Desert Spring

geranium basil

Having only spent one complete winter here (this is our second), I can’t purport to be an expert on weather trends in the Valley of the Sun. However, Jen and I came to Phoenix every Presidents Day weekend for, I don’t know, a half a century, and Bill and I have spent a lot of time here in the winter since we bought the house, so I’m not a complete neophyte. What I know is that winters in the desert are unpredictable. Some years we were able to swim in the heated hotel pool on Presidents Day; some years we wore sweaters or coats.

This Presidents Day 2014 I wore shorts and a sleeveless shirt. Spring is here to stay I think. I am very happy about this fact. The people who live here year round are not quite so happy. They look ahead to the long summer – seriously something like six months of 100 plus temperatures – and think “don’t start already!”

beebleberry treeBill is in a continuous fight with our Acacia tree in the front yard. He has it nicely shaped, no easy task as the son-of-a-gun is loaded with sharp thorns, making it difficult to prune. And while the tree catalog says it has “golden yellow puffballs that provide lovely color late winter into spring” (and doesn’t that sound pleasant?) what it doesn’t say is that these “golden yellow puffballs” drop like rain onto the ground, making a terrible unsightly mess that requires constant raking. That wouldn’t sound nearly as nice in the catalog. Furthermore, once the “golden yellow puffballs” are finished puffing, little hard brown pods appear and ultimately

Golden yellow puffballs or beebleberries?

Golden yellow puffballs or beebleberries?

fall onto the ground. Don’t put that rake away yet. It really is one continuous battle. By the way, Bill doesn’t call them “golden yellow puffballs.” He calls them beebleberries. Do any of you Baby Boomers remember Little Lulu?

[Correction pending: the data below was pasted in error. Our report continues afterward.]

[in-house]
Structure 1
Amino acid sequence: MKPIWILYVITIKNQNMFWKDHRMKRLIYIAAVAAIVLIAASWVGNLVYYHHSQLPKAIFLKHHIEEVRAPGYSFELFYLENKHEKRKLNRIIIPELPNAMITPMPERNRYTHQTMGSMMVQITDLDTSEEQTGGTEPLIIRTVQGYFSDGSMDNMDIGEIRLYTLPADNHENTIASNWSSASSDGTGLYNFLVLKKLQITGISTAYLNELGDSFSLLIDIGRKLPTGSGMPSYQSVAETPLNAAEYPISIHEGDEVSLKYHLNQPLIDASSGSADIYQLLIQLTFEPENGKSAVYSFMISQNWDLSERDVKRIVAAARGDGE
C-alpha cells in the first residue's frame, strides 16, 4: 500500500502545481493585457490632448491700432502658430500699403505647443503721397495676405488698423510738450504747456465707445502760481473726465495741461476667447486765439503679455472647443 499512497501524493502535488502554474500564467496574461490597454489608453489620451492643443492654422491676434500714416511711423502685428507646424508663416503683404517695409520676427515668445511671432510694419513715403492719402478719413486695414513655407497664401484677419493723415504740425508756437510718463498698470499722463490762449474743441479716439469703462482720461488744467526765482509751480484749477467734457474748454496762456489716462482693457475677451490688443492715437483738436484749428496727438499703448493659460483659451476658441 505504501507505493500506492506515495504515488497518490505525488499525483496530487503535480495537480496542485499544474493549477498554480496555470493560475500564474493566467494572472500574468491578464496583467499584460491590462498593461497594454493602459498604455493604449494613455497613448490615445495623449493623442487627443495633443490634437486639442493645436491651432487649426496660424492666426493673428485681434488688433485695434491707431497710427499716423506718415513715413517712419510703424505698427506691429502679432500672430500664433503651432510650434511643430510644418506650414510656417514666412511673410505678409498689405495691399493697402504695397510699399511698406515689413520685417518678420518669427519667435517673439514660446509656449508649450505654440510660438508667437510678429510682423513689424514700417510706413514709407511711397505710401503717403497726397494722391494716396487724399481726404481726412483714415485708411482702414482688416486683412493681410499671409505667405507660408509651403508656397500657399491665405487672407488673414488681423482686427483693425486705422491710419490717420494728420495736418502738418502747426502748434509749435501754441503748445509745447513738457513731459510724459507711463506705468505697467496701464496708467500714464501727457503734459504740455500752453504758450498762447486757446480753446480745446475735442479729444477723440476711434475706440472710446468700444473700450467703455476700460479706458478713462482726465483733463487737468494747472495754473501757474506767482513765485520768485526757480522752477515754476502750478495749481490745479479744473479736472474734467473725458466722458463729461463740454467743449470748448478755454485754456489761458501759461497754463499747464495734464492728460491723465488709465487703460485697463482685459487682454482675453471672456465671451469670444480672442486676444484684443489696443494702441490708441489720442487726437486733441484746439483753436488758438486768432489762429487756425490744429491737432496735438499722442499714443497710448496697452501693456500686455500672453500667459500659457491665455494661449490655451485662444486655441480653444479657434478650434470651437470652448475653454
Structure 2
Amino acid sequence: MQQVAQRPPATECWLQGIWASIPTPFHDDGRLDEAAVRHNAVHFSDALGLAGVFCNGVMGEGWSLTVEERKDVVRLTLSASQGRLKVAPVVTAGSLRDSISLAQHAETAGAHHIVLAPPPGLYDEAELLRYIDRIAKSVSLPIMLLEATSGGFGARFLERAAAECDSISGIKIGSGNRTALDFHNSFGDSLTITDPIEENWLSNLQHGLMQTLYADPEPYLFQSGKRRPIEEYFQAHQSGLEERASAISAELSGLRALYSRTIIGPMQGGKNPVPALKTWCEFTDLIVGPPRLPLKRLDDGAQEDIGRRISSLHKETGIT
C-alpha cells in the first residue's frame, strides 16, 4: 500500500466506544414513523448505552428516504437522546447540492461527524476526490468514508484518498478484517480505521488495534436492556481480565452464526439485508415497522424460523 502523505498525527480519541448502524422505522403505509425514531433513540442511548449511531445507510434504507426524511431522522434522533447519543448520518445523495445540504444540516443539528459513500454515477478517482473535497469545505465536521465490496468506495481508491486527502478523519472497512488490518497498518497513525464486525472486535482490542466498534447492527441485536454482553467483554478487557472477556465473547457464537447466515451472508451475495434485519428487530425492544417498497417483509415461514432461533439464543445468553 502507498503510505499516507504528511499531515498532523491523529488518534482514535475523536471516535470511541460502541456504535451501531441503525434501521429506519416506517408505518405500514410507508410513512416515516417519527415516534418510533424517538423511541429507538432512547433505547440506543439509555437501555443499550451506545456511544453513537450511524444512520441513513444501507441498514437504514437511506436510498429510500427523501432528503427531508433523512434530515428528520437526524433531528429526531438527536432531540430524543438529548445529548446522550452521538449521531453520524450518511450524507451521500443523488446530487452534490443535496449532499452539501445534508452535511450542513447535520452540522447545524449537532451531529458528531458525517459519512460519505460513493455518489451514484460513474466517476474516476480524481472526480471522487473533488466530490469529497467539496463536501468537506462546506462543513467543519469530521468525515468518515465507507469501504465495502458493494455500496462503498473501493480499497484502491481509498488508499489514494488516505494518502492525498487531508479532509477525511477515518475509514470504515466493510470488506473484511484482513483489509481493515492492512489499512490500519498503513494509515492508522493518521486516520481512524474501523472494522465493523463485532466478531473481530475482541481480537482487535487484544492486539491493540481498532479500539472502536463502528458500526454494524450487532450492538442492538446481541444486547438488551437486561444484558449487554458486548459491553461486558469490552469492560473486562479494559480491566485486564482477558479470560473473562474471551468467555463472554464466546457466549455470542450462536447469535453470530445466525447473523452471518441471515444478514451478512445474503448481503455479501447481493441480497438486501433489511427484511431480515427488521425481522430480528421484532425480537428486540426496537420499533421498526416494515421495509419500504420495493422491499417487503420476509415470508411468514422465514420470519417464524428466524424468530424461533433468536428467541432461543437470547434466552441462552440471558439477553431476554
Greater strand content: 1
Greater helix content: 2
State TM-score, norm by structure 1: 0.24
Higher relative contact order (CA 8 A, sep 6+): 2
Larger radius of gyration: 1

Anyway, the good news about that Acacia tree is it seems to be the location selected by our lovely little mockingbirds to nest. I hear a lot of rustling going on in the tree (thereby resulting in more “golden yellow puffballs” dropping onto the ground). And the mockingbirds have taken residence there in years past. I’m keeping my fingers crossed. The other day there was a bird on our neighbor’s roof having quite a conversation with one of the birds in our tree. Back and forth. The mockingbird would give two whistles, and the other bird would give two whistles in return. It went on for 10 minutes or so. Very funny.

While I love to see the cacti come alive as spring fully develops (I will post photos because it really is gorgeous), the warm weather bring out more than flowers and mockingbirds. The news people are already talking about the rattlesnakes coming out as soon as the weather reaches 80 – and yesterday and the day before, the temperature was near 90. Yikes.

In fact, the other night we had an unwelcome visitor – a centipede. Seriously, what in the world was God thinking? It was making its way across the floor of our den when I spotted it and hysterically hollered for poor Bill. I must admit I always feel a bit guilty making him kill the critters as I’m certain he doesn’t like them any more than I. But I pick out the grandkids’ birthday presents. It evens out.

3 thoughts on “Desert Spring

  1. While I was gardening yesterday I ran into my first scorpion of the season. Boo. But, I’ll take the warm weather anyway!
    And PS I loved Little Lulu. Mom often called things beebleberries.

    • I don’t remember Little Lulu. I was likely reading War and Peace. But I do remember Mom calling things beebleberries!
      We must pay homage to Bill. He takes wonderful care of BB’s inside and out. That’s why our home is called Bungalow Bills!

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